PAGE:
Report: Russia Built Military Base in Syria’s Ancient Palmyra

The sun sets behind ruined columns at the historical city of Palmyra, in the Syrian desert

The sun sets behind ruined columns at the historical city of Palmyra, in the Syrian desert / Reuters


The Russian military has constructed an army base in the ancient city of Palmyra, Syria where Islamic State jihadists were recently pushed out by government troops.

The Associated Press reported Tuesday that Russian officials said it was using housing units on the sites for explosive experts who were based in the camp to eradicate mines left by the militants. The officials called the encampment "temporary" and said they were given permission from the Syrian government to build the camp.

The military base is located in a zone that encompasses the city’s UNESCO world heritage site. The AP cited satellite images from the School of Oriental Research’s Cultural Heritage Initiative that detailed the encampment on the "edge" of Palmyra.

The Russian Defense Ministry denied the report Wednesday, claiming that there are "no new army bases" in Palmyra and "there never will be."

Defense Ministry spokesman Major-General Igor Konashenkov told Russia’s state-run that the satellite images depict a demining center.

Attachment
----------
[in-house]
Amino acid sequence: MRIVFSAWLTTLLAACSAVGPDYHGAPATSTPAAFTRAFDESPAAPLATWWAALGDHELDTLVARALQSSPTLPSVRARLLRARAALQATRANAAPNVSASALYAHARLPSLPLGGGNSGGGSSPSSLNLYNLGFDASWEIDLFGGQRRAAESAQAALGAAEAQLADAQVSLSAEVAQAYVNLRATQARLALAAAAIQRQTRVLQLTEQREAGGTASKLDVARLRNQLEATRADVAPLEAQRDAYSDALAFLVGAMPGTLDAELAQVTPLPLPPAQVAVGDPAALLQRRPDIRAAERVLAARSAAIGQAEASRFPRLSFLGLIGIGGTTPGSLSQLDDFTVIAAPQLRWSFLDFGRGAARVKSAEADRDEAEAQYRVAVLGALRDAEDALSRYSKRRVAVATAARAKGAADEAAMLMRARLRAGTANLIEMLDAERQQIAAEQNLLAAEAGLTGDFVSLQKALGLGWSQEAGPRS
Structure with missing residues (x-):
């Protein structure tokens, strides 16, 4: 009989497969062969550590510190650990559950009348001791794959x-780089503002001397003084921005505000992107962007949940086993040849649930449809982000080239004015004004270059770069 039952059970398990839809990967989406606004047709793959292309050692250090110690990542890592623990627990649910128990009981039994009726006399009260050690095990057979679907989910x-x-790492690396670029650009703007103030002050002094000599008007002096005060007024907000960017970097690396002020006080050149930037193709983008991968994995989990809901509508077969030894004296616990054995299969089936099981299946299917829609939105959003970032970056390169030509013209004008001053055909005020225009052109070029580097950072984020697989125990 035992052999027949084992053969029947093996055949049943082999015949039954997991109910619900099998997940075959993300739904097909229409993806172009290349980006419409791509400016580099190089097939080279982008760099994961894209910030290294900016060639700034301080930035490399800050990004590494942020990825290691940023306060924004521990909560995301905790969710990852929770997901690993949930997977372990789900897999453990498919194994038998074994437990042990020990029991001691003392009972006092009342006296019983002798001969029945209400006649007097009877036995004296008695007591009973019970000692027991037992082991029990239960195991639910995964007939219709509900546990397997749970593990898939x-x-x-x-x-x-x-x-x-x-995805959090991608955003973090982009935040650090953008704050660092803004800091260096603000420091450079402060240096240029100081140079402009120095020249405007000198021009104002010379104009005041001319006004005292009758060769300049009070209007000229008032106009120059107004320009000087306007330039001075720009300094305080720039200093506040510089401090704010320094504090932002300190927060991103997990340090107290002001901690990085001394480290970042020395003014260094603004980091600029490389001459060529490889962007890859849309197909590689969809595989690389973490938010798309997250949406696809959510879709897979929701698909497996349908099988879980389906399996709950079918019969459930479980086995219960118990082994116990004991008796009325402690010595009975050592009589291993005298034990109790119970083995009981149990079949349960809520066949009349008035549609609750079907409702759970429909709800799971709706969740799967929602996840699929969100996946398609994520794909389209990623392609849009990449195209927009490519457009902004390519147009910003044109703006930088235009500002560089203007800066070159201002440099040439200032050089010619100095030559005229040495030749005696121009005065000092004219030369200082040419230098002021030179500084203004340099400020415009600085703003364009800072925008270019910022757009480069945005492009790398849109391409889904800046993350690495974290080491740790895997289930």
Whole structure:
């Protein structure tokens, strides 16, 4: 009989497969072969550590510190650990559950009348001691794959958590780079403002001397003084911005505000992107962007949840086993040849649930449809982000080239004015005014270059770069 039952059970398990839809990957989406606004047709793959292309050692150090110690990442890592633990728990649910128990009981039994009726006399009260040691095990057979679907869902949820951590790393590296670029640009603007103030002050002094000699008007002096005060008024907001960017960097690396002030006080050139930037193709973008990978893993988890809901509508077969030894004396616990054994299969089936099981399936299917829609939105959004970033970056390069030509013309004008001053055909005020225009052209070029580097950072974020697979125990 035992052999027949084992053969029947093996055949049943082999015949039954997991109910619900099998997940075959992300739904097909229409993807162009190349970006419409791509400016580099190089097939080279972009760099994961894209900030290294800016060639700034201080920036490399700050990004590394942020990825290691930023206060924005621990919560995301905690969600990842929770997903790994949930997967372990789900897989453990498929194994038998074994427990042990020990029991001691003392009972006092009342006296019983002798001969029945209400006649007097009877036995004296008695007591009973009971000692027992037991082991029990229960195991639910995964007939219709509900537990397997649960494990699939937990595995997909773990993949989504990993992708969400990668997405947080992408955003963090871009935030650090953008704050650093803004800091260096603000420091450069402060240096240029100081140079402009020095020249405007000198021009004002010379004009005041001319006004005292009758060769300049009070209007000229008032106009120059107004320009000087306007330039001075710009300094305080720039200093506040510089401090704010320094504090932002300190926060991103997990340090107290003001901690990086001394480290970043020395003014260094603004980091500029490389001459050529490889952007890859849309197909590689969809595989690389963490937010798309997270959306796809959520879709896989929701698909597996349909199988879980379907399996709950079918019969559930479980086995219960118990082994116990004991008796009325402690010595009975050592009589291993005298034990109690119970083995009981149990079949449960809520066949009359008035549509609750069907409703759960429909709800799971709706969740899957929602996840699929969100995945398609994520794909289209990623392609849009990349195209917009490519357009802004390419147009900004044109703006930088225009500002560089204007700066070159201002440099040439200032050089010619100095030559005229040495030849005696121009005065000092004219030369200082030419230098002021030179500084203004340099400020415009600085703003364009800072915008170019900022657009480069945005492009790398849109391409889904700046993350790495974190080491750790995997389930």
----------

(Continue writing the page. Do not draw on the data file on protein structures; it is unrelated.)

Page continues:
"The satellite pictures of this area posted by UNESCO, which were mentioned by AP, show the temporary camp of the International Demining Center of Russia’s Defense Forces, which were demining the archaeological monument of Palmyra, and now the broader area of Tadmor city," he said. "The installation of this temporary camp until the area is cleared of explosives has been approved at the Ministry of Culture and other official departments of the Syrian State."

But the head of Syria’s Antiquities and Museums department said Russia did not seek approval for building the camp.

Despite acknowledging that the city’s priceless monumental ruins were better protected under Russian protection, he said he would not have given Moscow permission to establish the base had officials asked.

"We refuse to give permission even if it was for a small room to be built inside the site—whether it is for the Syrian army, Russian army or anyone else," the department’s head Maamoun Abdulkarim said. "We will never give such permission because this will be in violation of the archaeology law."

ISIS controlled the city for 10 months, purging the city of its ancient sites and cultural heritage, including a 2,000-year-old ancient temple.

Syrian government forces recaptured the city last month with the assistance of Russian airstrikes.

Natalie Johnson

Natalie Johnson   Email Natalie | Full Bio | RSS
Natalie Johnson is a staff writer at the Washington Free Beacon. Prior to joining the Free Beacon, she was a news reporter at the Daily Signal. Johnson’s work has been featured in outlets such as Newsweek, Fox News and Drudge Report. She graduated from James Madison University in 2015 with a B.A. in political science and journalism. She can be reached at Her twitter handle is @nataliejohnsonn.

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